TheWineRambler "A German wine label is one of the things life's too short for" - Kingsley Amis



Wine Pantry

A London wine merchant featuring exclusively English wines. Go directly to their website. Below are the wines we tasted from this source.
Posted by Torsten 21 Dec 2013

With the festive season with all its celebrations and debauchery now upon us what could be better to review than a classy sparkling wine? Well, yes and no - I have never held much with going for wines that are in season. Sometimes I want a bold red in summer, sometimes a refined sparkler on a dull Tuesday evening with nothing to celebrate. When it comes to wine I tend to go with the advice the head of department in my first full time job gave me: "A good Riesling in itself is a reason to celebrate." A wise statement, although I think it can be expanded to cover all glorious grapes and wonderful wines of this world. So here is another reason to celebrate - and behold, it is an English sparkling wine.

A Nyetimber 2003, to be precise - a wine from the Nyetimer vintage that caused a little sensation when a few years ago its sibling, the Classic Cuvée, won a respectable international sparkling wine tasting, beating the likes of Bollinger, Pommery and Louis Roederer. How good is the Blanc de Blancs?

Posted by Torsten 27 Mar 2013

It's so annoying not to be able to call it Champagne, when it is Champagne. This statement about English sparkling wine comes from the Crown's "resident wine expert", the Duchess of Cornwall. It highlights a sparkling rivalry between England and France where the Frenchmen have law and reputation on their side: no matter whether you make sparkling wine in the same way (Méthode Champenoise) and to the same quality only fizz from the Champagne region may bear that prestigious name. The plucky Brits have no chance winning this battle but they do at least have a battle cry: the Méthode Champenoise actually is an English method.

Méthode AnglaiseMéthode Anglaise

The banner under which this battle cry is made is that of the three geese of Gusbourne, and it came to me on a bottle of fantastic sparkling wine.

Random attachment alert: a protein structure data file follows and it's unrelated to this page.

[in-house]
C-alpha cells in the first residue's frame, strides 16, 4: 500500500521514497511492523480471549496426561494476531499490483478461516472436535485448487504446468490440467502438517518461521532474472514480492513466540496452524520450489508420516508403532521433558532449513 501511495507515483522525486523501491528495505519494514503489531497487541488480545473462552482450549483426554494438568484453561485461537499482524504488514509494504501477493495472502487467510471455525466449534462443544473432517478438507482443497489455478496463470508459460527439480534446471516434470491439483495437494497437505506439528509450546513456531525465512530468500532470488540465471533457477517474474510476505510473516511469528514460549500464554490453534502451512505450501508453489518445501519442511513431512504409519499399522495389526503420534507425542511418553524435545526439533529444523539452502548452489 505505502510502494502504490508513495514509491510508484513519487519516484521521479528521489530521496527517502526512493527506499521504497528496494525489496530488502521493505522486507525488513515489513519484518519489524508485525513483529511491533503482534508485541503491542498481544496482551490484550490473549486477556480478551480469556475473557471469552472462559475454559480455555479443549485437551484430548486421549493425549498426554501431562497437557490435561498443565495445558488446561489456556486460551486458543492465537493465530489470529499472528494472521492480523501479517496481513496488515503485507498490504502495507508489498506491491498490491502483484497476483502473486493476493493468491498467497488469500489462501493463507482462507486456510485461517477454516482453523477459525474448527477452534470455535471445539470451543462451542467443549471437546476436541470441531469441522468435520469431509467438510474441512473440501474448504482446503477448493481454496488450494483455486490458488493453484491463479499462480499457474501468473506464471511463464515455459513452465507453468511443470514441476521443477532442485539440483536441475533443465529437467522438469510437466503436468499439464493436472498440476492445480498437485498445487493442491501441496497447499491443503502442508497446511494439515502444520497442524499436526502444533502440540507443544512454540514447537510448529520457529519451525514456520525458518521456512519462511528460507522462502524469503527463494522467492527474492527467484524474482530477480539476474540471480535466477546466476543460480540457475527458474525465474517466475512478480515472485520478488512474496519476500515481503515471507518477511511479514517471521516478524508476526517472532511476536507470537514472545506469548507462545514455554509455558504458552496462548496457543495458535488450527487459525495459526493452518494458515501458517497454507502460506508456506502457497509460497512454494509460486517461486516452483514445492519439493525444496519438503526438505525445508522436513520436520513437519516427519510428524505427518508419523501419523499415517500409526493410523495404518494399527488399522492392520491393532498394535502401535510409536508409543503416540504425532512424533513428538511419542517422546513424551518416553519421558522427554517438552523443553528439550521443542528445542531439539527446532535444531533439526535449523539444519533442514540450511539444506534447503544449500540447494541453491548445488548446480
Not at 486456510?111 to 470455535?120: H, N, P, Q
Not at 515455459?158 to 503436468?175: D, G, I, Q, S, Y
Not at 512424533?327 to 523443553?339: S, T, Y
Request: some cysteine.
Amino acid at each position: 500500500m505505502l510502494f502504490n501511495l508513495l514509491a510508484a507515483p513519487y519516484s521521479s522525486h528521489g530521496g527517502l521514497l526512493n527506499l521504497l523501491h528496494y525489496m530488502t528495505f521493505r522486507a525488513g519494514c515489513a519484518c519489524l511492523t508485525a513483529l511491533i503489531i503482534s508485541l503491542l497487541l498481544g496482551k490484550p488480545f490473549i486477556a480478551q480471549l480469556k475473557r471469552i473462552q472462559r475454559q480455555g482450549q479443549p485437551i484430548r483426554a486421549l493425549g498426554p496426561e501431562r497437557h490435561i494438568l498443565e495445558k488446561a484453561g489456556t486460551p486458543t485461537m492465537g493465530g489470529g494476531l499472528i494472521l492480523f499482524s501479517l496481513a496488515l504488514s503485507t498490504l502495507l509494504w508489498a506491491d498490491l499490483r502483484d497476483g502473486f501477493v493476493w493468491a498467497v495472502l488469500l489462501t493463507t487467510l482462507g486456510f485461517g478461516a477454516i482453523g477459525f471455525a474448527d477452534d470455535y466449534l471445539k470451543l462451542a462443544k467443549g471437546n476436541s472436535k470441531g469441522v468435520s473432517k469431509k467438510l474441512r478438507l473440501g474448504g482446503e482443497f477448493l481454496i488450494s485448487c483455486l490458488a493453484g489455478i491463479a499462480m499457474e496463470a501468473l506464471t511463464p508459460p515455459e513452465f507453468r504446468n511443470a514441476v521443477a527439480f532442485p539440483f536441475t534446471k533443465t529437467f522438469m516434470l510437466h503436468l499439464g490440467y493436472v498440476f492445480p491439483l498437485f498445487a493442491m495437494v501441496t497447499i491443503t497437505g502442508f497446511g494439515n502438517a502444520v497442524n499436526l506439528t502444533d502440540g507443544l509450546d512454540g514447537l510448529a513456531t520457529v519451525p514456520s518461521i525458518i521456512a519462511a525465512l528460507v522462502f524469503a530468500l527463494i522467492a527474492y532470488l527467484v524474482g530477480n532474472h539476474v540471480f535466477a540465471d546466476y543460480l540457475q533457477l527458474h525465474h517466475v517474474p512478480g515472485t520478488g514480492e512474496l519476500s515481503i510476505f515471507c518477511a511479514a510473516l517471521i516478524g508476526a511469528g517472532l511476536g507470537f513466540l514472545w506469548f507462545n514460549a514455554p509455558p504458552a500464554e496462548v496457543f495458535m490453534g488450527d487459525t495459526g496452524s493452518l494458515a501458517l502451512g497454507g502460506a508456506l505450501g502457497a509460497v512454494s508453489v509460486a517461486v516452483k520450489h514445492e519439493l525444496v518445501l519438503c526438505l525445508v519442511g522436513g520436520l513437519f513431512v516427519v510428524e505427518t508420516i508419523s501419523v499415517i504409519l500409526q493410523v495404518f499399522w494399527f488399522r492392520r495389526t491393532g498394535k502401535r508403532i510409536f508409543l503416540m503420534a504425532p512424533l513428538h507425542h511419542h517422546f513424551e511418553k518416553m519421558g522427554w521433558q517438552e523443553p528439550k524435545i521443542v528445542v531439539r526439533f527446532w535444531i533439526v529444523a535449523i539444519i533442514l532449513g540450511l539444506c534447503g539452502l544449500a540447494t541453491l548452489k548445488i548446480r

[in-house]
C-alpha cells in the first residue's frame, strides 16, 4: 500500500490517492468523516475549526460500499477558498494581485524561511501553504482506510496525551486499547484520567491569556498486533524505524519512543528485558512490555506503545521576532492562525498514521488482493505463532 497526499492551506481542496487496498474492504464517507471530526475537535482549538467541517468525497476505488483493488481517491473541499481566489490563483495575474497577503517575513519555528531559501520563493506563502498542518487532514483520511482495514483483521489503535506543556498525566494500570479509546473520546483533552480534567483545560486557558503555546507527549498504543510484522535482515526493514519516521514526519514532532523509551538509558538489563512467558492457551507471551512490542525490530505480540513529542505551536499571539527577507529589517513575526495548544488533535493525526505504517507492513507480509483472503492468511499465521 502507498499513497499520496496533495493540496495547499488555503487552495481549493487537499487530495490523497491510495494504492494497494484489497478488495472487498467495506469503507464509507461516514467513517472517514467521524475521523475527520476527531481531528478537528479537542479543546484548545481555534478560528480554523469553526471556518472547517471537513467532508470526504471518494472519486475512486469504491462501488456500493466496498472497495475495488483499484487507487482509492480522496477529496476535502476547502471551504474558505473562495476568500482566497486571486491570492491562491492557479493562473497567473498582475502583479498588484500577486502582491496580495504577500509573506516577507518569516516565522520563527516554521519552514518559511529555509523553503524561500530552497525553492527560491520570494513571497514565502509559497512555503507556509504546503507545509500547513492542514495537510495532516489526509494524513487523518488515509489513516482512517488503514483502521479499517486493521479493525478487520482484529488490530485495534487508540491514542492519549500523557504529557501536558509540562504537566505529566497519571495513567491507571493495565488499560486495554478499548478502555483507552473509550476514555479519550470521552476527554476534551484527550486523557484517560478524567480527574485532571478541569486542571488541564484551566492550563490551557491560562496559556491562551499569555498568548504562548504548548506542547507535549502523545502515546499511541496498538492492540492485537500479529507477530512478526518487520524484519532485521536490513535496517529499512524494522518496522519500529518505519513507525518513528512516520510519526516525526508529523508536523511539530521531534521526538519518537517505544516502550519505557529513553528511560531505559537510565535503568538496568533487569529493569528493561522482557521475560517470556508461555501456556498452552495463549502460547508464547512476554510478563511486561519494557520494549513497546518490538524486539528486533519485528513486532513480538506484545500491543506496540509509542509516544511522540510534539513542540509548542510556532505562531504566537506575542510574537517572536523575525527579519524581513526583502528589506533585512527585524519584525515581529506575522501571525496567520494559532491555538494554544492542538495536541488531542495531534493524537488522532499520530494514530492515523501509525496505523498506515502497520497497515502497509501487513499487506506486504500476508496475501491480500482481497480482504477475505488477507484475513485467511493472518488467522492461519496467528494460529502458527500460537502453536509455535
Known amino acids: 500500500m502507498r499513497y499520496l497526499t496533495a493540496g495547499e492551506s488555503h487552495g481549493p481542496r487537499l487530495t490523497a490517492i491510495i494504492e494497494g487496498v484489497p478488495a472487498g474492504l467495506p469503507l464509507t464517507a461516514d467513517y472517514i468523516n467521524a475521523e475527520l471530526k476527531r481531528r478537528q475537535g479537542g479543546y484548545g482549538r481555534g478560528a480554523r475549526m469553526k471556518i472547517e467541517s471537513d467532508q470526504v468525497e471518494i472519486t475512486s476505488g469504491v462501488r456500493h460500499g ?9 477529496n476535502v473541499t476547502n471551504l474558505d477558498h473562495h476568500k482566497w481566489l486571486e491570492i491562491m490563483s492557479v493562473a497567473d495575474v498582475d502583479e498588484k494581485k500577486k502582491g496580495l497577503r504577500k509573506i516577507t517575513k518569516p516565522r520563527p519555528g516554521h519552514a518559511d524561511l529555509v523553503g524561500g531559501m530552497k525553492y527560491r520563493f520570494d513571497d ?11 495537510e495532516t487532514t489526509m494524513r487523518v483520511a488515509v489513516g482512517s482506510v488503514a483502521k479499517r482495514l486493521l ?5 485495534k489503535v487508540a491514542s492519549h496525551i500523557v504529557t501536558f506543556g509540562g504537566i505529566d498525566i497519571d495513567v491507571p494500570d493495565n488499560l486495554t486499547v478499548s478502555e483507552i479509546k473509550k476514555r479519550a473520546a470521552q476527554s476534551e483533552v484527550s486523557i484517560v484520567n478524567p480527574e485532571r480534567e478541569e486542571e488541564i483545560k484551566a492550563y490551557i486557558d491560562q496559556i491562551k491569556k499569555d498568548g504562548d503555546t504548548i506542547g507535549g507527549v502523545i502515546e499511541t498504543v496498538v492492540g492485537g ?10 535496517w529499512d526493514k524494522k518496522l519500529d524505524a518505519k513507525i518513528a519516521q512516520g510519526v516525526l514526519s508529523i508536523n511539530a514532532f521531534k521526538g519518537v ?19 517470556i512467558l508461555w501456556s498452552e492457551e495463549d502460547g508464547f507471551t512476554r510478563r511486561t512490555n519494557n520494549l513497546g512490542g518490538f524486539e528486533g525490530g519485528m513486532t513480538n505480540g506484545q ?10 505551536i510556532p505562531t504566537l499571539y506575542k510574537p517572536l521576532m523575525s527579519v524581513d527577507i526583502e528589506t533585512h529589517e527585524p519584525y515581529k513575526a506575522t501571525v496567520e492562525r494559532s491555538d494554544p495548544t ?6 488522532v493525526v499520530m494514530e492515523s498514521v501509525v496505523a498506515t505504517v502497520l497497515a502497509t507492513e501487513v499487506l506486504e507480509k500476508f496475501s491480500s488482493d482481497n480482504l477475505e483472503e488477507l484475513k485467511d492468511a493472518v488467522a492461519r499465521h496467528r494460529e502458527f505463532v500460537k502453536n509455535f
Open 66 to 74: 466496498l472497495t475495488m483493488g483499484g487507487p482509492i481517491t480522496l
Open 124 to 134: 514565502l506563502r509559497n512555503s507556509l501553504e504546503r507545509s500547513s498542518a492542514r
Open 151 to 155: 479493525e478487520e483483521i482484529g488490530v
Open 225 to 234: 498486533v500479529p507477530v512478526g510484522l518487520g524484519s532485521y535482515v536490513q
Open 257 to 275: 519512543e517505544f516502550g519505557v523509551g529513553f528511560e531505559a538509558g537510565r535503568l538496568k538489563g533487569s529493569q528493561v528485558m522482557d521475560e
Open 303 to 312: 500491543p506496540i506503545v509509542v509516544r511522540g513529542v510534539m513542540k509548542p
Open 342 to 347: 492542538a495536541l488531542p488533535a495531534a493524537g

Posted by Torsten 22 Mar 2012

There are not many things I like more than a bad pun. Good wine is among them, of course. During rare moments of hilarity, good wines and bad puns come together. This can be in an intentional way, for instance when Mosel winemakers Haart name a Riesling "Haart to Heart". Other brands are unintentionally funny. And then there are good wines with bad puns that really only exist in my mind: when I moved to England I learned that the polite word for "ass" is "bottom" - and now whenever I hear the East Sussex winery "Breaky Bottom" mentioned I cannot help but giggle.

What a "breaky bottom" looks like I'd rather not imagine, but whatever vision I may now have planted in your brain just forget it. Your are looking at a serious sparkling wine that is neither bottom nor breaky.

Posted by Torsten 19 Aug 2011

"Good luck to her, she may need it.", was the comment a wine loving Englishman made when I told him I was about to meet a woman who had just invested her life's savings in a shop. Not just any shop. A shop dedicated to English wine. To set this in context: when I tell people I blog about German wine I sometimes get the "is there such a thing?" look, or perhaps the "enjoy the Liebfraumilch" comment. These come from people who are not familiar with the wine world, otherwise they would know that some of the world's best wines come from Germany. Now imagine what the reaction is when someone dedicates their life to the cause of English wine - a cause that even wine professionals often respond to with the "is there such a thing" look. So there you have the above quoted reaction.

JuliaJulia

Enter Julia Stafford, a spirited woman who thought London could do with a shop dedicated to raise the glory of English wine: Wine Pantry at Borough market.